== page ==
Today we celebrate World Water Day, and if you know anything about me, it's that I'm normally disinclined to celebrate special 'days'. Every day is WWD to me.
But this is not just your regular WWD - it's a special World Water Day. We here at Oregon State University, along with our friends at UNESCO-IHE (the Netherlands) and the University for Peace (Costa Rica) are celebrating the roll-out of our new joint Master's programme in Water Cooperation and Peace (there will be a more formal event at the upcoming World Water Forum).
Check the flyer:
Here is the blurb from the flyer:
Water management is conflict management. Regardless of the scale, ensuring that the needs of the people and ecosystems that rely on this critical resource are met effectively requires comprehensive understanding of both water science and water diplomacy, including dispute mitigation, management, and resolution. To address these needs, the UNESCO-IHE Institute for Water Education in the Netherlands, the University for Peace (UPEACE) in Costa Rica, and Oregon State University (OSU) in the USA, have embarked on a joint
education programme in Water Coooperation and Peace. The goal of this new initiative is to broaden the scope of approach to conflict and peace, provide a more theoretical dimension to conflict, engage multi-level scales
of conflict dimensions and strengthen skills through highly experiential learning opportunities.
With a launch slated for summer 2015, the programme will provide tools and training in an international setting, with a unique opportunity to undertake coursework and hands-on experiences in Costa Rica, The Netherlands and the United States. Participants will be exposed to case studies involving diverse challenges and contexts at different scales.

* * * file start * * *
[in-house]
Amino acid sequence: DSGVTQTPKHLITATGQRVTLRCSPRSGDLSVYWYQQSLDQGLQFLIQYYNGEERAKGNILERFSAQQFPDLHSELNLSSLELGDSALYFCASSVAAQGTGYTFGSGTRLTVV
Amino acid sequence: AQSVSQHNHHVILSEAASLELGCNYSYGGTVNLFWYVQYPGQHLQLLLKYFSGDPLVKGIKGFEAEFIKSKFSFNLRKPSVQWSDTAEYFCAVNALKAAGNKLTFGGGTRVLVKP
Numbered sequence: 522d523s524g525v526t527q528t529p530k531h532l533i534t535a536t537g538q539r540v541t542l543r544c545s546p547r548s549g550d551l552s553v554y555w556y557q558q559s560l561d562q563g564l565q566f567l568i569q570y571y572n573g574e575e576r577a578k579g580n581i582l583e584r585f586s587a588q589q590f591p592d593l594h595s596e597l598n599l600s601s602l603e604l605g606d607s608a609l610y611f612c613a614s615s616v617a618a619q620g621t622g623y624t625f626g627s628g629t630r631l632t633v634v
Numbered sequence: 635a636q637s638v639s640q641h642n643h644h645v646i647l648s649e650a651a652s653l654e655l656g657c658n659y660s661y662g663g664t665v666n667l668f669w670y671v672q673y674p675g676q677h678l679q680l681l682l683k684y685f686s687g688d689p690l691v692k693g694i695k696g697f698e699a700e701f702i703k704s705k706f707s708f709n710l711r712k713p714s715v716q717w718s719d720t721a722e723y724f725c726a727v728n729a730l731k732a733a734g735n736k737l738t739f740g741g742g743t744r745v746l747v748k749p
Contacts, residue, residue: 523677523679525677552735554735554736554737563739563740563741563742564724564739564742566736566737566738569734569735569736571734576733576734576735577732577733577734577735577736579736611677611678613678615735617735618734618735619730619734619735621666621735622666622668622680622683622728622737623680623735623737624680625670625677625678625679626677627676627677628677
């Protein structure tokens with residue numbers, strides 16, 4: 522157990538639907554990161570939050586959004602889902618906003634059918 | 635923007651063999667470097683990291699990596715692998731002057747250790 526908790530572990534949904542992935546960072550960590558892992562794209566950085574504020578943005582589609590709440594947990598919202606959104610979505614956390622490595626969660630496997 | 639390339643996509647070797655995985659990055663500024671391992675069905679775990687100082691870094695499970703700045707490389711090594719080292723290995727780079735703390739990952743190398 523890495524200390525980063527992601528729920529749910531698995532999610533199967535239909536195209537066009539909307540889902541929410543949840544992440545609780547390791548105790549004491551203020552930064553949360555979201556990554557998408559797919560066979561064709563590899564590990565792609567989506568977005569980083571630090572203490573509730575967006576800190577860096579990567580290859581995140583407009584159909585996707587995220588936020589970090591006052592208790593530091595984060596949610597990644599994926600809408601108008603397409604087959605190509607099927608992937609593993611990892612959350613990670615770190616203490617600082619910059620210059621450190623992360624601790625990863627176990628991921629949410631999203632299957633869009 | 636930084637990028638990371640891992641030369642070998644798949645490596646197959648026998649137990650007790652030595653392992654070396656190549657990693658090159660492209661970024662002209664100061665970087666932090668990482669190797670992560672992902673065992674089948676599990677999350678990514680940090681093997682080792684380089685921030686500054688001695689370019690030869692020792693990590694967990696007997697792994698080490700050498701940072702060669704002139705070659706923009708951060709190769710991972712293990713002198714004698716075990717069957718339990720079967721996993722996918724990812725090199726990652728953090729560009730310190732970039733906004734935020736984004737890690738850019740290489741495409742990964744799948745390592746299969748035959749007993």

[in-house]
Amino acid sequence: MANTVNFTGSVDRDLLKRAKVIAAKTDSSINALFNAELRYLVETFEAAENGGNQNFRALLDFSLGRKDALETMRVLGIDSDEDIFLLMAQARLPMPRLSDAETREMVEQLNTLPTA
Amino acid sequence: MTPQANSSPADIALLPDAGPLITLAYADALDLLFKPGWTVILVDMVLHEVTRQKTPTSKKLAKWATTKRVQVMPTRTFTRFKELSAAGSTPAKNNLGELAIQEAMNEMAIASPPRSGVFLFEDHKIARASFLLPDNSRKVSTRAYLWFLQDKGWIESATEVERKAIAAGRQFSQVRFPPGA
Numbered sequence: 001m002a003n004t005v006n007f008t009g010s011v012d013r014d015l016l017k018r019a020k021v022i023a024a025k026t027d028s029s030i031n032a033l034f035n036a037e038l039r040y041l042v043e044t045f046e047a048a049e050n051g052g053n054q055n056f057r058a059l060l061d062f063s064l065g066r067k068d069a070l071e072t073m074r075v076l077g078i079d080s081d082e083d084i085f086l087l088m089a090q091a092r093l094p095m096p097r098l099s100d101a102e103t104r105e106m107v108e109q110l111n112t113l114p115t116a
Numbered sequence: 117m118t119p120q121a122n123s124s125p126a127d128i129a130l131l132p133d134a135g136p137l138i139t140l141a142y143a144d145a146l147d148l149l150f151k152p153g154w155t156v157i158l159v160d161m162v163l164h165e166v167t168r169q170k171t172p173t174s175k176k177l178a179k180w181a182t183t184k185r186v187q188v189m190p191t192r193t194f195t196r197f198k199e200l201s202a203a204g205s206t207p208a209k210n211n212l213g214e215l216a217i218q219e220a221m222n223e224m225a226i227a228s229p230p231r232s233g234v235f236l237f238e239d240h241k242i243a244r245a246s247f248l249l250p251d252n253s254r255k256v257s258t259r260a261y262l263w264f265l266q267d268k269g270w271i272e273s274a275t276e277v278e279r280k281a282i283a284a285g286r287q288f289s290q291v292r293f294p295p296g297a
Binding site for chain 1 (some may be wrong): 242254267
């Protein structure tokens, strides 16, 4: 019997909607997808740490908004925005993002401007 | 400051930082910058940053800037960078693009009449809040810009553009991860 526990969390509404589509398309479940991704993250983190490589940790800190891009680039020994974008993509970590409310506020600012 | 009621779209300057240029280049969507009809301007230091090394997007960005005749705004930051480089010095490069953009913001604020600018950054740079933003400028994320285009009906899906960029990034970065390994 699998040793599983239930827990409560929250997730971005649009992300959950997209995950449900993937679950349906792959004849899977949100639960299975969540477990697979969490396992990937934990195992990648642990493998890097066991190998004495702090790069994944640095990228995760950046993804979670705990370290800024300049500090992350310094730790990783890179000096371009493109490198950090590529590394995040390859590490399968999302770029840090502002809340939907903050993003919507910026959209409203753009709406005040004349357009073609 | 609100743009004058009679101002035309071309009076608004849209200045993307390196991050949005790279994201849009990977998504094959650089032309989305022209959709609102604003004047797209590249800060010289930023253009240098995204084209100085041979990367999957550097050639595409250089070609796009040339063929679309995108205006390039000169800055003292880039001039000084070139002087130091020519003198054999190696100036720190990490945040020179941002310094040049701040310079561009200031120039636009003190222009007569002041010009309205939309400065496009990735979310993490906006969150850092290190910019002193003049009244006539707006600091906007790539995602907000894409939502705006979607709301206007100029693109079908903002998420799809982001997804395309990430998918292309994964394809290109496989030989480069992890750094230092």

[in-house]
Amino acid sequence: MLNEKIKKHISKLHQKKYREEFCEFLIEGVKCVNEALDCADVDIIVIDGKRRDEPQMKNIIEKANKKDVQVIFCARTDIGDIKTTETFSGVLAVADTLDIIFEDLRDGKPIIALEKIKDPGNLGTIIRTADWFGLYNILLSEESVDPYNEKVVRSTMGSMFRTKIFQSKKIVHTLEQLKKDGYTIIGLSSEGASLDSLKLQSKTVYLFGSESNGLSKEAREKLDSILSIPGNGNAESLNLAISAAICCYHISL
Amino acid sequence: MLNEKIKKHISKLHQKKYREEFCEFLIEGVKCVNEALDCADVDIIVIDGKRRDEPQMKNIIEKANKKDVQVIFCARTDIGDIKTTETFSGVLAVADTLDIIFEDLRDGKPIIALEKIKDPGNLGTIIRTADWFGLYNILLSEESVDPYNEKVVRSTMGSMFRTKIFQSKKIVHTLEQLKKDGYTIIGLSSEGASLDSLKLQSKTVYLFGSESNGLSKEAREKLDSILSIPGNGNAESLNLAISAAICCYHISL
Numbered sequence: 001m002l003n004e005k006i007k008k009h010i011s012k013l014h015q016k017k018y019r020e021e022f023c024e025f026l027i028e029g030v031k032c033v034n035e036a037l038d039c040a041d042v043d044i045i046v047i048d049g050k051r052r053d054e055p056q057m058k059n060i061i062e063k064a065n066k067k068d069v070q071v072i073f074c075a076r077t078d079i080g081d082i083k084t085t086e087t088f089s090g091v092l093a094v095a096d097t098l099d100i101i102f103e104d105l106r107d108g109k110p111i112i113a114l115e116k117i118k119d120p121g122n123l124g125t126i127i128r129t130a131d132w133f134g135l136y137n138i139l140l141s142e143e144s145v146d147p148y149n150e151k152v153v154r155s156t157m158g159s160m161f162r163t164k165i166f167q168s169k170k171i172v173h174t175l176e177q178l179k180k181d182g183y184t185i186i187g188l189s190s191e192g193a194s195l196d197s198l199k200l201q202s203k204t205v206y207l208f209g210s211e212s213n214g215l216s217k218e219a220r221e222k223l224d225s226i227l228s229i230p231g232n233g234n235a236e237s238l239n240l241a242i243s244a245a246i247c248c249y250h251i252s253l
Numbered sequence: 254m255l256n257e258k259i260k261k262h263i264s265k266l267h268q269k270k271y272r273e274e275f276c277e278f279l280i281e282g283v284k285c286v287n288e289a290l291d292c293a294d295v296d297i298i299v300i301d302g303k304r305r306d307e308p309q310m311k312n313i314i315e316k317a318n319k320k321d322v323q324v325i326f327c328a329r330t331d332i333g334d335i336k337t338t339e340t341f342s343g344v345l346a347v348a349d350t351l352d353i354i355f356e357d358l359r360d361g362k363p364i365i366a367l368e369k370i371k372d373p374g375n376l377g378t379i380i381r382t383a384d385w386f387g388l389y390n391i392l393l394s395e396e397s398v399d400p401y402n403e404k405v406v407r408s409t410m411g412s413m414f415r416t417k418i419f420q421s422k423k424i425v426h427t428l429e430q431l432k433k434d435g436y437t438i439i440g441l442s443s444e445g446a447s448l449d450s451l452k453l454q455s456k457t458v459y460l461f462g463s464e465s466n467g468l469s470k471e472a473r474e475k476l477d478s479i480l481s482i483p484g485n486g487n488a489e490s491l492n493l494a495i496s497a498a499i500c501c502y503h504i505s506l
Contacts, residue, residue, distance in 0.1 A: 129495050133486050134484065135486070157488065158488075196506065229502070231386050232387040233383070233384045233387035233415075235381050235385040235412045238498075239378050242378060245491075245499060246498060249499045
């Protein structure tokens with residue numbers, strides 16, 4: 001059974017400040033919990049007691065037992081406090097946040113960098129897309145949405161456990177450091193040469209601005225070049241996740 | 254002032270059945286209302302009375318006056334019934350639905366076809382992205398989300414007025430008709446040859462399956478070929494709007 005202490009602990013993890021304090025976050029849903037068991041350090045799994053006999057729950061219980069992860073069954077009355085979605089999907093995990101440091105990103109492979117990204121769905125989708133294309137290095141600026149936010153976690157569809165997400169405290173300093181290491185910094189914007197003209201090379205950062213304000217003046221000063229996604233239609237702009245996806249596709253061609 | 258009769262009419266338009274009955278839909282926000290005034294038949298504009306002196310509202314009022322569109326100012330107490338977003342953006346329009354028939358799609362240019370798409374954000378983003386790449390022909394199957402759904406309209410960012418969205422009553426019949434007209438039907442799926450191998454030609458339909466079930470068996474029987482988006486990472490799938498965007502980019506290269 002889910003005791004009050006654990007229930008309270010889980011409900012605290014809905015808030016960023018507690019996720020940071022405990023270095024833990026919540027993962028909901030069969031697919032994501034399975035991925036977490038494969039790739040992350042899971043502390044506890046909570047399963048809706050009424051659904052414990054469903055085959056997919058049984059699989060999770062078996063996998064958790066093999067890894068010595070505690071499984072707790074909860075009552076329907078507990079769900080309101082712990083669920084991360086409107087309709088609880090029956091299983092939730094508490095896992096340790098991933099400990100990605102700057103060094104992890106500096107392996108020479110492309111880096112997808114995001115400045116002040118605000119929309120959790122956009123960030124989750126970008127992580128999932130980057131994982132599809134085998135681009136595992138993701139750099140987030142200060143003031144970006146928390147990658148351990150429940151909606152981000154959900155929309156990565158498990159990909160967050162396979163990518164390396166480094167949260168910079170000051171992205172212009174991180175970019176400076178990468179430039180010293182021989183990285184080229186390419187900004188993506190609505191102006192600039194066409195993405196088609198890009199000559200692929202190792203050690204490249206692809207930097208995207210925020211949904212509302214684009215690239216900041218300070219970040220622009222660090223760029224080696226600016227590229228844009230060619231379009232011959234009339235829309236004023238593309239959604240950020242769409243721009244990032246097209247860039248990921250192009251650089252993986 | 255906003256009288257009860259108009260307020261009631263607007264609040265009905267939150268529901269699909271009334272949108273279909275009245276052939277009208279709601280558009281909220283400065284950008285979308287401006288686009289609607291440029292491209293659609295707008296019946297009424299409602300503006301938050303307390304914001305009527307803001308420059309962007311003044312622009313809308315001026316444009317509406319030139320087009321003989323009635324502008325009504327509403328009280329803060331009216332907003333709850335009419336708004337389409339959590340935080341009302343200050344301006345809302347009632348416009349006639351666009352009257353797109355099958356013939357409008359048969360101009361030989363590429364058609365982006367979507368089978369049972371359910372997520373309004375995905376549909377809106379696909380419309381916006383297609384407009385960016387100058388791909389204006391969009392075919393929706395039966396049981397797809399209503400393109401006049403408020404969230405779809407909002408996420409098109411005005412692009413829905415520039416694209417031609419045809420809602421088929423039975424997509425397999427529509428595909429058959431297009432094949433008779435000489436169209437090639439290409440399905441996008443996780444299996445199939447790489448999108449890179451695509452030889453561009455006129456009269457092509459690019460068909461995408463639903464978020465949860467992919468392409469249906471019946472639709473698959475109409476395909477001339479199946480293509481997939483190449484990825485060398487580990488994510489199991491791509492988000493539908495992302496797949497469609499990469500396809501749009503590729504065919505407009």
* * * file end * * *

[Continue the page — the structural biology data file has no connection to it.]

Key strengths of the programme include the following:
Exposure to theory followed by practical exposure to contemporary issues through field work at different scales
Strong theoretical foundation in peace and conflict studies
Particular emphasis on conflict from different points of view
Foundation in how to understand the nexus of environment and development: how to integrate
water-related issues in a broader environment and development framework
Focus on practical skills-training for actual dispute resolution processes
Collaborative and interdisciplinary project work
Field experience in both the Global South and Global North contexts
Extended networking opportunities from different but complementary fields (water-oriented experts, and peace and conflict experts)
Students will be able to choose from a project and thesis option, with further opportunities to specialize based on skills and future career goals. Students will be awarded an MA and an MSc in Water Cooperation and Peace, and have the option to continue on at the University of Oregon for a Juris Doctor or Master of Law.
Zaki Shubber - Z.Shubber@unesco-ihe.org
Thomas Klompmaker - email@example.com
Brian Dowd-Uribe - firstname.lastname@example.org
Mary Santelmann - Mary.Santelmann@oregonstate.edu
This will be fun - I am looking forward to it. I will be responsible for the OSU summer field course. It'll be taught this summer, but the international students won't take it until 2016 so I will offer it to our OSU students who will help me develop it. We'll likely work in our natural laboratory, the binational and interstate Columbia River basin.
Gees, I might never retire!
“Education is not the filling of a pail, but the lighting of a fire.” - William Butler Yeats